[2] Reliability's something to watch out for in these canonical rarities. You can get crap of all flavors: bogus (non-canonical live versions), incomplete (songs missing, sides missing), 20000th-generation (inaudible), sped-up (munchkin choruses, solos and verses), slowed-down (haven't got it yet, but I'm sure it happens). The ideal is to see, touch, and dub original vinyl or bobina [2a]. But I have this sinking doubt that there is no such thing as original vinyl for some stuff. [This was written long ago, before the Bodhisattvas became fully congnizant that the only Akvarium vinyl albums in existence are the Melodiya albums pressed after the group gained semi-offical sanction in 1987. All the albums prior to 1987 were recorded and disseminated solely on tape, although a handful, like Radio Africa were released on vinyl after-the-fact. -Ed.]

[2a] "Bobina" just means reel-to-reel—or in my case, ordinary-cassette copies of reels. A lot of the pre-cd stuff was "officially" released on reel-to-reel. The bobinas would travel from city to city with melomen, stopping in Youth Palaces Of Culture along the way. Everybody would copy copies of copies. The quality can be quite shitty, and tape shortages often forced padding out the end of one bobina with parts of the next. So you end up with fragments. The set-lists (if there ever were any) are long gone. Bobina copiers appear to have been afflicted with fairly underdeveloped organizational skills. And I don't think many of them were Akvarium fanatics. If you ever meet anyone with a personal Akvarium bobina collection, copy it. These people took way better care during the copying process (maybe even cleaned the heads and checked the speed). Semyon (disclaimer: he's a pathological liar) says he has a full closet of pristine Akvarium bobbinas at his mom's apartment on Sakhalin. I tend to believe him on this one because if I told you I had Talking with the Taxman About Poetry on white vinyl at my mom's house you wouldn't believe me either [It is now in my apartment in Philadelphia, in fact -dzhrew]

Boris Notes

In this period, as a rule, Akvarium was forbidden from performing in public. Our response to this: we took our leave with a unanimous promise to play more, better concerts. Being "unpoured" [нелитованными?? чё такое?? *] at the top of the black list, we played apartments of acquaintances we didn't know. So the instrumentation borders on the ascetic. (For fairness, I'll say that Litsedeev's theater didn't trouble itself with our untouchableness and let us play a series of shows. That's reflected in the second half of the album).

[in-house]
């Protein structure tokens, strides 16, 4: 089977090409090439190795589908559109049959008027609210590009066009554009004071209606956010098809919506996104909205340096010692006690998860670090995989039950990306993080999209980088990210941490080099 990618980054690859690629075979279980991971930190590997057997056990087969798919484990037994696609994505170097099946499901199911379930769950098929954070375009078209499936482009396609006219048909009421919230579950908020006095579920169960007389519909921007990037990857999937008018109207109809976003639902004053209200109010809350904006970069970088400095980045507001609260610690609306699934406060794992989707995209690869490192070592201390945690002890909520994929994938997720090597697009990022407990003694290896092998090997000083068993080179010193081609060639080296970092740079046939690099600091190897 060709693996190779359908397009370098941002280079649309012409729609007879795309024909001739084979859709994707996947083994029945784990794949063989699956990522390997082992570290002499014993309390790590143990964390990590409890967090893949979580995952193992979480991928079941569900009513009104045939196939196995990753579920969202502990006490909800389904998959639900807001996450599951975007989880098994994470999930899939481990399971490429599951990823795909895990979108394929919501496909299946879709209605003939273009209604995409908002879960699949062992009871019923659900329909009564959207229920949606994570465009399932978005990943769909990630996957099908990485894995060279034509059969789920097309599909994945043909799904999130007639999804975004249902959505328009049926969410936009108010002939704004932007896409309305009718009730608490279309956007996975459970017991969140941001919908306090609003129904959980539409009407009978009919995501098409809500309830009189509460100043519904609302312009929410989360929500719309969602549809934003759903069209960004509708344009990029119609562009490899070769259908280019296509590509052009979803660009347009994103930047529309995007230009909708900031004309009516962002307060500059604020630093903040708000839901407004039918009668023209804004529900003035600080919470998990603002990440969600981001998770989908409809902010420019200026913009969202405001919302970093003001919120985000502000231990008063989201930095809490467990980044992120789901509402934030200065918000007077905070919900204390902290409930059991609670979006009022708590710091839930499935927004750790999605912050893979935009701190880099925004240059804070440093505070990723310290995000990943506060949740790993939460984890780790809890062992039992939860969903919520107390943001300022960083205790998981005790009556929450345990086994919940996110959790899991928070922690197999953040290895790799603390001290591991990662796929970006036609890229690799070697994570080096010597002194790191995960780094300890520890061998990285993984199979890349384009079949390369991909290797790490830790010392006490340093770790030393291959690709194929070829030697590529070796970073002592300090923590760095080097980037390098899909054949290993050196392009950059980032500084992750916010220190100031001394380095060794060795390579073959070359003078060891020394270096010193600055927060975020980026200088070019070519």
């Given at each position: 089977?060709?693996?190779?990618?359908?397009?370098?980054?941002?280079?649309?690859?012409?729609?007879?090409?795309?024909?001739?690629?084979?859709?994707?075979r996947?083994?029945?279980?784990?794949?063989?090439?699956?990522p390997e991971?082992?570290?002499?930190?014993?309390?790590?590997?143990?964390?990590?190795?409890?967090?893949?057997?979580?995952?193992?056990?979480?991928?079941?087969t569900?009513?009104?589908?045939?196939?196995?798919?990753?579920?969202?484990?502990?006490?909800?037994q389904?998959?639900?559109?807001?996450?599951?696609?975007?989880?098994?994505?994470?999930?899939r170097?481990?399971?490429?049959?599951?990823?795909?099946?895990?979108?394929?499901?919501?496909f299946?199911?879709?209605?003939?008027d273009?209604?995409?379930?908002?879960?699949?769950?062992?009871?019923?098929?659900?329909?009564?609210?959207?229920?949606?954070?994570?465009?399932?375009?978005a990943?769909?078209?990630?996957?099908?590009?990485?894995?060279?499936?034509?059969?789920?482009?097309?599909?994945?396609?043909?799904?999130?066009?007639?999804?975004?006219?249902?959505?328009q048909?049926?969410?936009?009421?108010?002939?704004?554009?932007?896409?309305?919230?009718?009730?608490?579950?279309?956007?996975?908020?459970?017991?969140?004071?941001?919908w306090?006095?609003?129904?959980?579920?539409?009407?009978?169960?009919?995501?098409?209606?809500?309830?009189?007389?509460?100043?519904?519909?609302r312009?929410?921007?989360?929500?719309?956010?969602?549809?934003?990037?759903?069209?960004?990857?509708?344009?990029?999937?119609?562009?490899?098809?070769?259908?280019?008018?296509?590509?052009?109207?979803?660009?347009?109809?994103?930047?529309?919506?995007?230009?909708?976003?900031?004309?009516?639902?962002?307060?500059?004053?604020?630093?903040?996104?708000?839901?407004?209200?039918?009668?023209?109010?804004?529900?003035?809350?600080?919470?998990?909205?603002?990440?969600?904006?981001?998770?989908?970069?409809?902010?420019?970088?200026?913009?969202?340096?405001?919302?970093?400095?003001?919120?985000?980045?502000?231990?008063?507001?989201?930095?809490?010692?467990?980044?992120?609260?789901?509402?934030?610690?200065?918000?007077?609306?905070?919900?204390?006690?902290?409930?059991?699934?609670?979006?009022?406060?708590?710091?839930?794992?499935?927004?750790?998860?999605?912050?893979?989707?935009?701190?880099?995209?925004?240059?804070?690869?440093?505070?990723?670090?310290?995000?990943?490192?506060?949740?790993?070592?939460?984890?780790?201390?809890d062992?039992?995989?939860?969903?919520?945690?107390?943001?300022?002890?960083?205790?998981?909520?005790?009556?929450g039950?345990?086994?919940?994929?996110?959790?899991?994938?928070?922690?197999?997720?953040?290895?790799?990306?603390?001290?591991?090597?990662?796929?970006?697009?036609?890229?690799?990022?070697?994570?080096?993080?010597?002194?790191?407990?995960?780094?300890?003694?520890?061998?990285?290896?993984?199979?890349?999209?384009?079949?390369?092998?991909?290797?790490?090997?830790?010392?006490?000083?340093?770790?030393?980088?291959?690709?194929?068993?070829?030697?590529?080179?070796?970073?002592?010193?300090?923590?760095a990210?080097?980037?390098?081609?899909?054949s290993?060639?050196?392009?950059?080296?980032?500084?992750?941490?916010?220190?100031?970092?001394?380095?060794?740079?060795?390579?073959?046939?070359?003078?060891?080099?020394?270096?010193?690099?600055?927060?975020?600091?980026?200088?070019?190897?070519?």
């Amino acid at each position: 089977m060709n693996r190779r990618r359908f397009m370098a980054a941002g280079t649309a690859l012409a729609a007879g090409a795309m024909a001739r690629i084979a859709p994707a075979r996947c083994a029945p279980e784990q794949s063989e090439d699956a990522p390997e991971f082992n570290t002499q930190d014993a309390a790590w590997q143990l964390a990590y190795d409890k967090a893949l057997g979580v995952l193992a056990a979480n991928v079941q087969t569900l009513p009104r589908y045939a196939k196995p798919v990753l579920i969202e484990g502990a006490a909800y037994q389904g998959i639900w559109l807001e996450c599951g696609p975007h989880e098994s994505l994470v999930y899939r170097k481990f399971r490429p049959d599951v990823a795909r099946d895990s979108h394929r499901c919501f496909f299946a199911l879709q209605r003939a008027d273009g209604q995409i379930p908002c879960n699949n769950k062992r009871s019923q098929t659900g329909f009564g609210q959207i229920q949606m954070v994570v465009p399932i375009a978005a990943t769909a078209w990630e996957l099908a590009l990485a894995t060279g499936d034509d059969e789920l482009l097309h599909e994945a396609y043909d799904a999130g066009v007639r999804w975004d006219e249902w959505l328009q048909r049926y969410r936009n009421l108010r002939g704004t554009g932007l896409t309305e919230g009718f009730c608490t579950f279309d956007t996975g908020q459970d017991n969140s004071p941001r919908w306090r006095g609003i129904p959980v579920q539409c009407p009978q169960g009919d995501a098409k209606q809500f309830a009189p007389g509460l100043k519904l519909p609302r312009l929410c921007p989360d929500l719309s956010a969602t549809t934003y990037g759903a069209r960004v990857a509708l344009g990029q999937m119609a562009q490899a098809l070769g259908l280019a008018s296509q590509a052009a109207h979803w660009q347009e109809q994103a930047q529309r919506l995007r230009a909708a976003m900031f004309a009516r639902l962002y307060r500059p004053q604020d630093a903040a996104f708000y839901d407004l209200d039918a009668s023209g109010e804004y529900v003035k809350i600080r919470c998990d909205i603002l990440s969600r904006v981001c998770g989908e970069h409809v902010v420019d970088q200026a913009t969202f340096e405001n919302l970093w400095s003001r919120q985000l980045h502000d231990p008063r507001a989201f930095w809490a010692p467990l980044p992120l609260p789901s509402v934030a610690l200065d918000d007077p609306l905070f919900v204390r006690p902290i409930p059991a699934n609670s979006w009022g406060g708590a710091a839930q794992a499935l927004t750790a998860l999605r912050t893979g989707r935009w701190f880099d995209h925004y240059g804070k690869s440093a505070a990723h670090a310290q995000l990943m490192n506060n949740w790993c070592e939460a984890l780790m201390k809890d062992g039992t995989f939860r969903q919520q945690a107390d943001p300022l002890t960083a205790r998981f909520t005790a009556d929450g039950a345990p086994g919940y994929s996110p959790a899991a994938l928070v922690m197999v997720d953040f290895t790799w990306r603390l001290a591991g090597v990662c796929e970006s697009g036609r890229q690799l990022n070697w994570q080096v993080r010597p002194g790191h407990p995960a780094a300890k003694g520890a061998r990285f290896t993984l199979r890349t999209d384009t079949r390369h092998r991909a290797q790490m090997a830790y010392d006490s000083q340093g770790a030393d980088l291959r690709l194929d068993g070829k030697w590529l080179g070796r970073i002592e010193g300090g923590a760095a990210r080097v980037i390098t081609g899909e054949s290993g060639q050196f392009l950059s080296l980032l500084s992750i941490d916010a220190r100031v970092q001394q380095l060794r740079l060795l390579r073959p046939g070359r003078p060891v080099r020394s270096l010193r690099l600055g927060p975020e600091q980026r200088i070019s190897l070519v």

The only way to record "Fly, My Angel, Fly" was to record it in concert, because no studio microphone could withstand the song's cello squall.

Translated from Songs by Dzhrew.

* Dmitri E. provides florescent illumination:

"нелитованными" is "forbidden by censor." This is a past participle from the verb `litovat'' (литовать), to grant censorial permission for public performance. Literally the verb "litovat'" means "to get through "lit"", where `lit' is a cropping off of `Glavlit', the state censorship office in the USSR.

Before performing songs at a legal concert (e.g. at the Leningrad Rock Club) rock musicians were supposed to submit full set lists and texts to Glavlit in order to get permission ("залитовать"). Performing songs without permission resulted in expulsion from the Rock Club and further prosecution (for illegal entrepreneurship, anti-Soviet activities etc.)

E.g. in "Новая жизнь на новом посту":

Но этот текст не залитует никто

"No one will give permission to perform this text in public; the censor won't let it through".